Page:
Conv. Plasma
Nigella Sativa

All vitamin C studies
Meta analysis
study COVID-19 treatment researchVitamin CVitamin C (more..)
Melatonin Meta
Metformin Meta
Azvudine Meta
Bromhexine Meta Molnupiravir Meta
Budesonide Meta
Colchicine Meta
Conv. Plasma Meta Nigella Sativa Meta
Curcumin Meta Nitazoxanide Meta
Famotidine Meta Paxlovid Meta
Favipiravir Meta Quercetin Meta
Fluvoxamine Meta Remdesivir Meta
Hydroxychlor.. Meta Thermotherapy Meta
Ivermectin Meta

All Studies   Meta Analysis    Recent:   
0 0.5 1 1.5 2+ Mortality 20% Improvement Relative Risk Mortality, ICU -99% Ventilation -200% ICU admission -33% Vitamin C  Mousaviasl et al.  LATE TREATMENT  DB RCT Is late treatment with vitamin C beneficial for COVID-19? Double-blind RCT 401 patients in Iran (November 2020 - May 2021) Trial underpowered to detect differences Mousaviasl et al., Disease and Diagnosis, Jul 2023 Favors vitamin C Favors control

The Effect of a Low Dose of Vitamin C in Patients With COVID-19: A Double-Blind Randomized Controlled Trial

Mousaviasl et al., Disease and Diagnosis, doi:10.34172/ddj.500
Jul 2023  
  Source   PDF   All   Meta
Vitamin C for COVID-19
6th treatment shown to reduce risk in September 2020
*, now known with p = 0.000000087 from 70 studies, recognized in 11 countries.
No treatment is 100% effective. Protocols combine complementary and synergistic treatments. * >10% efficacy in meta analysis with ≥3 clinical studies.
4,000+ studies for 60+ treatments.
RCT 401 hospitalized COVID-19 patients showing no significant differences with low-dose oral vitamin C (1000mg daily for 5 days).
Although the 20% lower mortality is not statistically significant, it is consistent with the significant 19% lower mortality [9‑27%] from meta analysis of the 42 mortality results to date.
This is the 17th of 21 COVID-19 RCTs for vitamin C, which collectively show efficacy with p=0.0012.
This is the 64th of 70 COVID-19 controlled studies for vitamin C, which collectively show efficacy with p=0.000000087 (1 in 11 million).
risk of death, 20.4% lower, RR 0.80, p = 0.64, treatment 8 of 201 (4.0%), control 10 of 200 (5.0%), NNT 98, day 28.
risk of death, 99.0% higher, RR 1.99, p = 1.00, treatment 2 of 201 (1.0%), control 1 of 200 (0.5%), ICU mortality.
risk of mechanical ventilation, 199.5% higher, RR 3.00, p = 1.00, treatment 1 of 201 (0.5%), control 0 of 200 (0.0%), continuity correction due to zero event (with reciprocal of the contrasting arm).
risk of ICU admission, 32.7% higher, RR 1.33, p = 0.79, treatment 8 of 201 (4.0%), control 6 of 200 (3.0%).
Effect extraction follows pre-specified rules prioritizing more serious outcomes. Submit updates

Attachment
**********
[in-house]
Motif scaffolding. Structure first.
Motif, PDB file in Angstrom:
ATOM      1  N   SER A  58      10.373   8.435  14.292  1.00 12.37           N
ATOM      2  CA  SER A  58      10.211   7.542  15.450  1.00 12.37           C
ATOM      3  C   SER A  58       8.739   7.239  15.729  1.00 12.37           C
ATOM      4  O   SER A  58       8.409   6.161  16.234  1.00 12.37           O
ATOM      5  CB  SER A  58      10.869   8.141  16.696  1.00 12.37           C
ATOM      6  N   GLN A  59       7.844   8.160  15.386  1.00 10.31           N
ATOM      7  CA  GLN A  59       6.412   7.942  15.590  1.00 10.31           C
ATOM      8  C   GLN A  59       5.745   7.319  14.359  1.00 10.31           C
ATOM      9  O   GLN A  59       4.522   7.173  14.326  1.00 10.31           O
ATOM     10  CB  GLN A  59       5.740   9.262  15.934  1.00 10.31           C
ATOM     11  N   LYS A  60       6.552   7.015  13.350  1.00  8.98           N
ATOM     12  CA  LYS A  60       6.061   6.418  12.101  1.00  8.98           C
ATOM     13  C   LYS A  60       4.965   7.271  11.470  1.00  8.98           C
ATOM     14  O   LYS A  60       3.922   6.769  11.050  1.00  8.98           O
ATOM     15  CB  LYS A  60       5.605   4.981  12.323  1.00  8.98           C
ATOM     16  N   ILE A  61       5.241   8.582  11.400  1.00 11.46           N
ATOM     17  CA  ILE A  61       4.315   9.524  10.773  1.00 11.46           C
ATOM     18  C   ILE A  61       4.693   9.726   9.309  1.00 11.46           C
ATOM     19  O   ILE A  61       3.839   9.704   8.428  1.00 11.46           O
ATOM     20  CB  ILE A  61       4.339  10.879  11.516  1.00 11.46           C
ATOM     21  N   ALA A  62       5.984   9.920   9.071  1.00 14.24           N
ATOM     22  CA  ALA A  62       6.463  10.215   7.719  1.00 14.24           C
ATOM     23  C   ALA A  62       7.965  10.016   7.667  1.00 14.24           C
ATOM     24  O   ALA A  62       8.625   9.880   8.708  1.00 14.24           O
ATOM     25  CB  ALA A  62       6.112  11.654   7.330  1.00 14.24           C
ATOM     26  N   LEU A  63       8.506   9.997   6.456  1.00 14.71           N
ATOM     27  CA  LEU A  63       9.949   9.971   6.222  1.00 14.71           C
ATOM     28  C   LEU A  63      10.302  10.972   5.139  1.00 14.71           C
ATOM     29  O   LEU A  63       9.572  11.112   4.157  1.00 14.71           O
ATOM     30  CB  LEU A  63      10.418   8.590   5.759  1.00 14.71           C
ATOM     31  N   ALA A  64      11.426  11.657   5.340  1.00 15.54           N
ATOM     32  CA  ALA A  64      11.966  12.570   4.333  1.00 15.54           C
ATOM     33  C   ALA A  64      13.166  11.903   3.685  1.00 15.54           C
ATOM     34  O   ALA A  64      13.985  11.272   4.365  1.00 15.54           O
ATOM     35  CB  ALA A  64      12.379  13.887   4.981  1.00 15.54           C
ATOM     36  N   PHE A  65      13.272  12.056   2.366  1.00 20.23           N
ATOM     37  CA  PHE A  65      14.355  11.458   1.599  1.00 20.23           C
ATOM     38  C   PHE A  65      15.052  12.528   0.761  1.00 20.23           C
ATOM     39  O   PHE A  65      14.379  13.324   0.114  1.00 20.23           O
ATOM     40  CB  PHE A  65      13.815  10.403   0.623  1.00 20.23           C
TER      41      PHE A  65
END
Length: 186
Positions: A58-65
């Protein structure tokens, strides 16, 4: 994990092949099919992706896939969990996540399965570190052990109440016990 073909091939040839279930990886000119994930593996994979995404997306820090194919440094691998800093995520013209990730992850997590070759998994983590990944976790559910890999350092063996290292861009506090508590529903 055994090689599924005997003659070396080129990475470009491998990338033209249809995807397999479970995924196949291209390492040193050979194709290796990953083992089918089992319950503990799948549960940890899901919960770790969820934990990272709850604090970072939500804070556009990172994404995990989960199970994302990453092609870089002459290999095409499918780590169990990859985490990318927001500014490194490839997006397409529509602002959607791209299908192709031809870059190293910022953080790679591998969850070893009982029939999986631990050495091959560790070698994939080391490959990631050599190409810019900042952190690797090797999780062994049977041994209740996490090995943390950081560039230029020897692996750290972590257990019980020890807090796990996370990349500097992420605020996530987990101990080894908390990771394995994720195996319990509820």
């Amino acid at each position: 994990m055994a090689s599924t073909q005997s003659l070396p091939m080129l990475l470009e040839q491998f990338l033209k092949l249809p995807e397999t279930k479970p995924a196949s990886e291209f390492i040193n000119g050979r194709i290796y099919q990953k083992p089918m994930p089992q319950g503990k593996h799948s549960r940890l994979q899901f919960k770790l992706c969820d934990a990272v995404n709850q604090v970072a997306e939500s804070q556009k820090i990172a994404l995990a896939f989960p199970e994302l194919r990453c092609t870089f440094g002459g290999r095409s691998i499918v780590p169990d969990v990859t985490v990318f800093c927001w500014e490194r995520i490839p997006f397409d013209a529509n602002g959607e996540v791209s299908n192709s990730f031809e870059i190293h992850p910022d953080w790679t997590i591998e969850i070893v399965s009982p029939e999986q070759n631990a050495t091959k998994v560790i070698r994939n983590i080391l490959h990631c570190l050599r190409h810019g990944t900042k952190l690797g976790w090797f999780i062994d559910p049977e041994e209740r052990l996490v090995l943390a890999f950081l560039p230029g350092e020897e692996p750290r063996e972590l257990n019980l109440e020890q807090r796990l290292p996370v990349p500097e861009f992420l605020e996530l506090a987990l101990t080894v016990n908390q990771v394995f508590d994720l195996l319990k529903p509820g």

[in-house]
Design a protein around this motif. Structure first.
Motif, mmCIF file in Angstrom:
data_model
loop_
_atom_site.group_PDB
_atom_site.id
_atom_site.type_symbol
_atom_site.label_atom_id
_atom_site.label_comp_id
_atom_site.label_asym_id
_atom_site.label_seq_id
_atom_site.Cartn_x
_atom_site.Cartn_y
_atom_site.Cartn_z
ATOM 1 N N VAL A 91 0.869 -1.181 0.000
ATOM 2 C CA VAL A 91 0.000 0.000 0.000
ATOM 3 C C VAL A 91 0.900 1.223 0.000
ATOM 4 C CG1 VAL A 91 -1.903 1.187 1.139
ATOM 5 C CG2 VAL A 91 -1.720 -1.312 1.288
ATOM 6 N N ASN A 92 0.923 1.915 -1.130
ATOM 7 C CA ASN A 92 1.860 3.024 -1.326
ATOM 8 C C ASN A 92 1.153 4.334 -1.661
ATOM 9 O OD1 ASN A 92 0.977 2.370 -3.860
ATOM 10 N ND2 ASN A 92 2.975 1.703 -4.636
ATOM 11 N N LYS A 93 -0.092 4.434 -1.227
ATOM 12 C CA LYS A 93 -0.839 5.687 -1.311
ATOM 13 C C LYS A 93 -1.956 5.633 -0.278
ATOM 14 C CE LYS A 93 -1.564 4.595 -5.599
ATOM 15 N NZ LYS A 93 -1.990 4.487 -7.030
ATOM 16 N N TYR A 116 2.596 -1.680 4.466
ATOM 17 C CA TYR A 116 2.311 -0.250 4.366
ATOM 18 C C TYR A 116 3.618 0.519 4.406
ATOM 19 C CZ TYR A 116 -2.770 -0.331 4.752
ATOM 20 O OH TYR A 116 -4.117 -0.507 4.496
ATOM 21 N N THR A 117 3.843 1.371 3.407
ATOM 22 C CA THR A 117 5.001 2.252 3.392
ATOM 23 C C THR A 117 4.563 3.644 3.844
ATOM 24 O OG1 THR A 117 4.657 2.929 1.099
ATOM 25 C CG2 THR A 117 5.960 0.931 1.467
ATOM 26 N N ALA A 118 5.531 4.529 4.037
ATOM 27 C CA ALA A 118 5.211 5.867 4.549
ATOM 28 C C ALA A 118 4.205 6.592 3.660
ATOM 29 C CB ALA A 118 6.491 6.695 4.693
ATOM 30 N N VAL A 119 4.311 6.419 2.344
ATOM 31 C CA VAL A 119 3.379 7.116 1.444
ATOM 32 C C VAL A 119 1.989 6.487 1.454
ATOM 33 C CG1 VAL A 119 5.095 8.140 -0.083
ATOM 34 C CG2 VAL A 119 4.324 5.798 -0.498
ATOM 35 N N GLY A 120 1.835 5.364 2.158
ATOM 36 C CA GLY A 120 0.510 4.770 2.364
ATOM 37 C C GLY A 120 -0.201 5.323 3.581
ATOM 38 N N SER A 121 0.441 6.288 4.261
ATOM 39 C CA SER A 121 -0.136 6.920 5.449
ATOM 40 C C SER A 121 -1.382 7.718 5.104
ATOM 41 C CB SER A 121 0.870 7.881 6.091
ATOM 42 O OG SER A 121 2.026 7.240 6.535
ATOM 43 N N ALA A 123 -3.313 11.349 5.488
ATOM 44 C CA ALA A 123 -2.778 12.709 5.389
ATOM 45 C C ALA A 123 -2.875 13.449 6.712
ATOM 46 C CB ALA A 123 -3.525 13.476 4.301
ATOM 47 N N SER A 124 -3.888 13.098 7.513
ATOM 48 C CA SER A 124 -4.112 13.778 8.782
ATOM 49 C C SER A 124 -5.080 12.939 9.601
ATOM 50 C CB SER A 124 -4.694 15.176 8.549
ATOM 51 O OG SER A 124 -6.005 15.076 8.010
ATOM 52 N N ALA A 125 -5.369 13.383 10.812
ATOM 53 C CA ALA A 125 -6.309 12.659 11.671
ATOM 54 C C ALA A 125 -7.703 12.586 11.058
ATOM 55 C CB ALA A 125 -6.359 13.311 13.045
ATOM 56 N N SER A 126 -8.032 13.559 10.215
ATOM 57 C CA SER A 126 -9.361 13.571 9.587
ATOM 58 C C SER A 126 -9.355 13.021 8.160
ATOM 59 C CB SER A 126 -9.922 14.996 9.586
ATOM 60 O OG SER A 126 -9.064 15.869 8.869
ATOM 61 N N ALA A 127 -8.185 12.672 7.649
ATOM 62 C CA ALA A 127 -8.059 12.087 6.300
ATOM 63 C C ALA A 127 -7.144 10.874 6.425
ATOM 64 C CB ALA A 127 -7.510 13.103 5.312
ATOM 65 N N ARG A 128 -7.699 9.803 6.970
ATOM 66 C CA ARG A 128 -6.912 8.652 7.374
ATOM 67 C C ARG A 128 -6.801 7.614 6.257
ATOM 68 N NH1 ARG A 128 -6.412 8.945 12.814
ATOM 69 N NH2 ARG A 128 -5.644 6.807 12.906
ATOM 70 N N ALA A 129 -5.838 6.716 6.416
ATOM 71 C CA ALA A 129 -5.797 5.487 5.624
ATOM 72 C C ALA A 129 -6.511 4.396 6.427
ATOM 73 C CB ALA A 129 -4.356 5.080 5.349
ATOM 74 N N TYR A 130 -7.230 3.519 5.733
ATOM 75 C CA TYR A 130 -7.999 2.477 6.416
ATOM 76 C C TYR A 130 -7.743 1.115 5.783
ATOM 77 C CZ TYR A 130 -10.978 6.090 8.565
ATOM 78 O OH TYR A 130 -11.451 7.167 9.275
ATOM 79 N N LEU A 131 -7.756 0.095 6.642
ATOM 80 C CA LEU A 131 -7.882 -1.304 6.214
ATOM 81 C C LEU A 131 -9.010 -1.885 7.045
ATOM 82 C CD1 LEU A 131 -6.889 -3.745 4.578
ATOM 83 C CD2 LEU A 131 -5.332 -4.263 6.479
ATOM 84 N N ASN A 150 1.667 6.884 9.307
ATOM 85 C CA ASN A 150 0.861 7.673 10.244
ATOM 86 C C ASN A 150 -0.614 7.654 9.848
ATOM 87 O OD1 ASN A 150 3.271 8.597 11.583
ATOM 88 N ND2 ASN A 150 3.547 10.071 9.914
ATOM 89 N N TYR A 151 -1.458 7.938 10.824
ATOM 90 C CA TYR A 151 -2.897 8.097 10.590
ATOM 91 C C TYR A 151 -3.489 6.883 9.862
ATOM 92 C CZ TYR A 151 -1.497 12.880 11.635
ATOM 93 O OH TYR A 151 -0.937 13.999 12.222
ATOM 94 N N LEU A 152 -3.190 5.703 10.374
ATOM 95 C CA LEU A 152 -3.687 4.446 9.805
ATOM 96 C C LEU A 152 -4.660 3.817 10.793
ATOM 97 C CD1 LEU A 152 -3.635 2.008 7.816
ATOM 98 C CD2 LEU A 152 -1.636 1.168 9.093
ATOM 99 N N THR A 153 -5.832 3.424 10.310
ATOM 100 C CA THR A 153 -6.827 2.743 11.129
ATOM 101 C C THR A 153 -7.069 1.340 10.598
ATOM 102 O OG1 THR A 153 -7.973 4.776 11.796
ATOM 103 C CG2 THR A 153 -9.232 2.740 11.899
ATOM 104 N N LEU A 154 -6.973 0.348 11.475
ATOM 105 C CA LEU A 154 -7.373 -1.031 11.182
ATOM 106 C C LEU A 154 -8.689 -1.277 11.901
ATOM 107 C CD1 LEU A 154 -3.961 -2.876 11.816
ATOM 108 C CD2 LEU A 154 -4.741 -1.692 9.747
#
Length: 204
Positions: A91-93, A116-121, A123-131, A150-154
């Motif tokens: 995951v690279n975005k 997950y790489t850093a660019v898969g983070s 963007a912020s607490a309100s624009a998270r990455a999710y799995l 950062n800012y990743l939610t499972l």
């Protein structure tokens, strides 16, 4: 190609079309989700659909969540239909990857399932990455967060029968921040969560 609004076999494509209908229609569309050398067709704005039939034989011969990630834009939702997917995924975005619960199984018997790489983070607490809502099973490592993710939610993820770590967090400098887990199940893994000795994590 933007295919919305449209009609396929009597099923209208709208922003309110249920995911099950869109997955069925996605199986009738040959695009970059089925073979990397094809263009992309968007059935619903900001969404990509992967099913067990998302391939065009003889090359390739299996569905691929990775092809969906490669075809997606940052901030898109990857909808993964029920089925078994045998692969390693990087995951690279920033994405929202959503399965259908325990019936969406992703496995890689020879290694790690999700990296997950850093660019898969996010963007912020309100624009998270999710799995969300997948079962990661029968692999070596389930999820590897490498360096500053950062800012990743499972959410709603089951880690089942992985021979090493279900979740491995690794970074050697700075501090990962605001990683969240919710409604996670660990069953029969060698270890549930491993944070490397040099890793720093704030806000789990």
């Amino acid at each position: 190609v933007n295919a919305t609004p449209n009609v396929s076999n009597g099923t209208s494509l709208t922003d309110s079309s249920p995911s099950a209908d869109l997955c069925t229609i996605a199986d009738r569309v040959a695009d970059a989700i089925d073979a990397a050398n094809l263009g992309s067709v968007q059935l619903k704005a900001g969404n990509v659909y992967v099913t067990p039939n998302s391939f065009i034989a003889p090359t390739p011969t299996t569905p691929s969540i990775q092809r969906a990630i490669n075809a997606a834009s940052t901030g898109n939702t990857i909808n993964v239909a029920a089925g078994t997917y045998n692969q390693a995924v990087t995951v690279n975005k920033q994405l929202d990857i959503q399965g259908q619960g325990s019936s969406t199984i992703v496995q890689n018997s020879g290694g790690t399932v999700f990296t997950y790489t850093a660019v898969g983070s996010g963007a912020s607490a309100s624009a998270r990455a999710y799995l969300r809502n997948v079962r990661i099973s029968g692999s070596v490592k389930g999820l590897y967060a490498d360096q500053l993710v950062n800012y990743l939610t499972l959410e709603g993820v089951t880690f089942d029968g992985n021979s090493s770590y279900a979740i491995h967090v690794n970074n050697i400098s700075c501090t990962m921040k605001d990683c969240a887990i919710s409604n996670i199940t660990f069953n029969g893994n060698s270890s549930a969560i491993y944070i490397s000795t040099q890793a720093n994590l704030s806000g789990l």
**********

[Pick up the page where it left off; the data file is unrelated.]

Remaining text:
Mousaviasl et al., 22 Jul 2023, Double Blind Randomized Controlled Trial, placebo-controlled, Iran, peer-reviewed, 13 authors, study period November 2020 - May 2021.
This PaperVitamin CAll
The Effect of a Low Dose of Vitamin C in Patients With COVID-19: A Double-Blind Randomized Controlled Trial
Sajedeh Mousaviasl, Sara Sayar, Esmat Radmanesh, Bagher Pahlavanzade, Hani Esmaeilian, Mona Ebrahimzadeh, Raha Tabahfar, Maryam Khalili, Tara Borzoo, Saeed Jelvay, Saeid Bitaraf, Mahshid Naghashpour, Sara Mobarak
Disease and Diagnosis, doi:10.34172/ddj.500
Background: Vitamin C is a micronutrient with anti-inflammatory and free radical scavenging properties that can strengthen the body's immune system. In this study, it was attempted to assess the clinical efficiency of oral vitamin C in treating COVID-19. Materials and Methods: This double-blind randomized clinical trial was conducted on 401 patients hospitalized in Taleghani hospital, Abadan, over 18 years of age and with confirmed COVID-19 infection, from November 2020 to May 2021. The patients were randomly assigned to intervention groups (201 people, two tablets per day, each containing 500 mg of vitamin C) and the control group (200 people, placebo, containing starch received for five days). Improvements in clinical symptoms, death from baseline to the 28-day follow-up after the intervention, hospital length of stay, and laboratory values of C-reactive protein (CRP) were some of the considered outcome variables. Results: No significant difference was observed between the two groups in terms of the daily improvement of clinical symptoms and the odds of healing from each symptom increased by about 48-50%. The difference in the length of hospital stay between the two groups was close to significant (P = 0.051). There was no significant difference in mortality between the two groups (P = 0.8). There was no difference between the two groups in the laboratory parameters, except for alkaline phosphatase (P = 0.03). Conclusion: Vitamin C had no significant effect on improving patients' clinical symptoms such as fatigue, fever, cough, and shortness of breath.